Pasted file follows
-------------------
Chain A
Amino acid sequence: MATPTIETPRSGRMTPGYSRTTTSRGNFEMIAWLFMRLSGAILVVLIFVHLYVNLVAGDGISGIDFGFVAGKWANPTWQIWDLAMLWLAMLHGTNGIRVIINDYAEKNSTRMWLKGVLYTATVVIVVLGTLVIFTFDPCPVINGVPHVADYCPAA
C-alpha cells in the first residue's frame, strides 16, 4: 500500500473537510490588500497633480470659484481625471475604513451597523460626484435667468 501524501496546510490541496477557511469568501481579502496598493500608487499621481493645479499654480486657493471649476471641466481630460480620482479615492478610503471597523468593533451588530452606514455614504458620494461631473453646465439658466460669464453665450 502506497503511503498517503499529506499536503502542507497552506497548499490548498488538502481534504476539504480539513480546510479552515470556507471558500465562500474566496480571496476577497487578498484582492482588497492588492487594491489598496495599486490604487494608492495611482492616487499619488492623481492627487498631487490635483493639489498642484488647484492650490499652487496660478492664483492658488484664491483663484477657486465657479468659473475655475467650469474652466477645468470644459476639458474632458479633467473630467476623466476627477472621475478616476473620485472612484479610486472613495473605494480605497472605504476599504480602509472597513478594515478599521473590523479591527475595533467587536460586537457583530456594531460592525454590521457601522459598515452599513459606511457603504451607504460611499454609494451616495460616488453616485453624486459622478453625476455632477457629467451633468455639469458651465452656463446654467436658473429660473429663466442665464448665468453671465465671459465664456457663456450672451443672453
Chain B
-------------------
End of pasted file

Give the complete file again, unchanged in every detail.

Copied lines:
Chain A
Amino acid sequence: MATPTIETPRSGRMTPGYSRTTTSRGNFEMIAWLFMRLSGAILVVLIFVHLYVNLVAGDGISGIDFGFVAGKWANPTWQIWDLAMLWLAMLHGTNGIRVIINDYAEKNSTRMWLKGVLYTATVVIVVLGTLVIFTFDPCPVINGVPHVADYCPAA
C-alpha cells in the first residue's frame, strides 16, 4: 500500500473537510490588500497633480470659484481625471475604513451597523460626484435667468 501524501496546510490541496477557511469568501481579502496598493500608487499621481493645479499654480486657493471649476471641466481630460480620482479615492478610503471597523468593533451588530452606514455614504458620494461631473453646465439658466460669464453665450 502506497503511503498517503499529506499536503502542507497552506497548499490548498488538502481534504476539504480539513480546510479552515470556507471558500465562500474566496480571496476577497487578498484582492482588497492588492487594491489598496495599486490604487494608492495611482492616487499619488492623481492627487498631487490635483493639489498642484488647484492650490499652487496660478492664483492658488484664491483663484477657486465657479468659473475655475467650469474652466477645468470644459476639458474632458479633467473630467476623466476627477472621475478616476473620485472612484479610486472613495473605494480605497472605504476599504480602509472597513478594515478599521473590523479591527475595533467587536460586537457583530456594531460592525454590521457601522459598515452599513459606511457603504451607504460611499454609494451616495460616488453616485453624486459622478453625476455632477457629467451633468455639469458651465452656463446654467436658473429660473429663466442665464448665468453671465465671459465664456457663456450672451443672453
Chain B